The Threat of Black Masculinity in Brutal Imagination by Cornelius Eady

The bodies of the boys were found in the lake nearby. Nine days the woman fooled the police and public with an imaginary black man to cover her own crime.
The narrator is this very imaginary black man who exists in the imagination of Susan Smith who killed her children and tried to conceal the murder by putting all the guilt on a ‘young black male’ who had never existed in reality. ‘The black perpetrator’ is a product of a white woman’s imagination and the first section of the book is written from his perspective –
“Susan Smith willed me alive. At the moment Her babies sank into the lake When called, I come.” (p.3)

The nonexistent black man blamed by a white woman of the crime committed by this very woman shows how race creates prejudices and associations which are so deeply embedded into a society that the story of the woman is easily believed.
‘She knew she could get further if she said the black man did it. – A black resident of Union…’ (p.16 ) Smith had no doubt that her story was going to sound credible. She only needed to imagine ‘a black resident’ who could well suit the role of a murderer. Smith vividly describes the looks of the black man – ‘I make my living by taking things. So now mother needs me clothed In hand-me-downs And a knit cap…’ (p.3)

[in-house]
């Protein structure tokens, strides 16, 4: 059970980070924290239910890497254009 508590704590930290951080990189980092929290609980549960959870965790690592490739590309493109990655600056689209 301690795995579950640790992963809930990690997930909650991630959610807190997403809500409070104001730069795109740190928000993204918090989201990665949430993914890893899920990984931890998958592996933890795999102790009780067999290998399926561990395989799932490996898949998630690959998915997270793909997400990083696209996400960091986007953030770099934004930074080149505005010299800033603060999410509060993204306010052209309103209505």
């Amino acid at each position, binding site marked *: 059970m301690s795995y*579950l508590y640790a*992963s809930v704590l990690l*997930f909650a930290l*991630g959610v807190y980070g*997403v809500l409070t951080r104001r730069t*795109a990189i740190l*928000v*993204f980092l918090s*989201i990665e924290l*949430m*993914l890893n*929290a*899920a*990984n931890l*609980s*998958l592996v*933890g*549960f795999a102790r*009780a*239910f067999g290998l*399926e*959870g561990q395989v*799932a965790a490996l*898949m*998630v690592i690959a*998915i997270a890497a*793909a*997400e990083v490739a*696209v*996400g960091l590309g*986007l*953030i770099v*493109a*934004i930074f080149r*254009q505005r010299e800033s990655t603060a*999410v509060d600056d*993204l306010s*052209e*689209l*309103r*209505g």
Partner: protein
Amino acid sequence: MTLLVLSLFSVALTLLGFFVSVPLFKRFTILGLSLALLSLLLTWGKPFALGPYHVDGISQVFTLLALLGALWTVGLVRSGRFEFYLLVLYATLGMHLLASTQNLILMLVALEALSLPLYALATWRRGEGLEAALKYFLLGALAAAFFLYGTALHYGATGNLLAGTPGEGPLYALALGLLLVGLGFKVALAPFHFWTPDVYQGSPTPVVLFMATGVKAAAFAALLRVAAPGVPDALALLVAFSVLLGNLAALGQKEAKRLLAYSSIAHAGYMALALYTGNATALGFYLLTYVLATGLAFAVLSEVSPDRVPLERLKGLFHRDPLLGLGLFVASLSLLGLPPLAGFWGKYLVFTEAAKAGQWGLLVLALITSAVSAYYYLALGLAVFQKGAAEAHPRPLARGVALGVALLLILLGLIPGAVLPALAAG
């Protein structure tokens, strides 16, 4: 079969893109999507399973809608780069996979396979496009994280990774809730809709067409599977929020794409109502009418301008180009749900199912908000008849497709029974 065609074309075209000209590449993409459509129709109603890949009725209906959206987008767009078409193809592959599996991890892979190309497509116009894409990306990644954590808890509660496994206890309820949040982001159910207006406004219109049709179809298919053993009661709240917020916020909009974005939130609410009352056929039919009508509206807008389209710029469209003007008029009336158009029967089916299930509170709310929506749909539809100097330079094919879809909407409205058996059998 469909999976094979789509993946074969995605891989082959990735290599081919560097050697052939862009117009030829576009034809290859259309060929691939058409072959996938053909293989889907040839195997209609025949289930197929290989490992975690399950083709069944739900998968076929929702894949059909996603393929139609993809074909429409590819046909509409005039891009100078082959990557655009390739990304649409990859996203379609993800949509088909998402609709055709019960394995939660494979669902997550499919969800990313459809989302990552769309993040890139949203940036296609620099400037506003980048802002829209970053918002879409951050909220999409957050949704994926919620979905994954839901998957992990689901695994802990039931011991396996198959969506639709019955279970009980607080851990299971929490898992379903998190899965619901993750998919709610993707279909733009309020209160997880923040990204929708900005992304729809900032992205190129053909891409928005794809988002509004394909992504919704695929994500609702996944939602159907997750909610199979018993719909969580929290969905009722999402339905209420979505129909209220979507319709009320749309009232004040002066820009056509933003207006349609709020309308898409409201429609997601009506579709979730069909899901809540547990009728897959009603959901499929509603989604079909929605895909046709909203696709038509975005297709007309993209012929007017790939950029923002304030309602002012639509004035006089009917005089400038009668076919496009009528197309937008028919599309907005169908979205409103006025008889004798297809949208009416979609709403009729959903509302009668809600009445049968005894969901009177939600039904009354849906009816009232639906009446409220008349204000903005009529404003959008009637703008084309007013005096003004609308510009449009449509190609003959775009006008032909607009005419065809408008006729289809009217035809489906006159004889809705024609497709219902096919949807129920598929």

The most terrible part is how easy Mrs. Smith imagined the assailant and felt no qualms as to her lie. She has no doubts as to who could do it: “Nobody else in town will do what She needs me to do.” (p.4) Mrs. Smith believes that no one but a black man could “… jump in an idling car And drive off with two sad and Frightened kids in the back.” (p.4) she was to invent somebody to convince police and the public of this crime and she finds. The scariest thing here is how easily she finds a proper image for a criminal.
Smith’s story is believed and Eady brings to the public the idea that the perception of black men in America is stereotyped.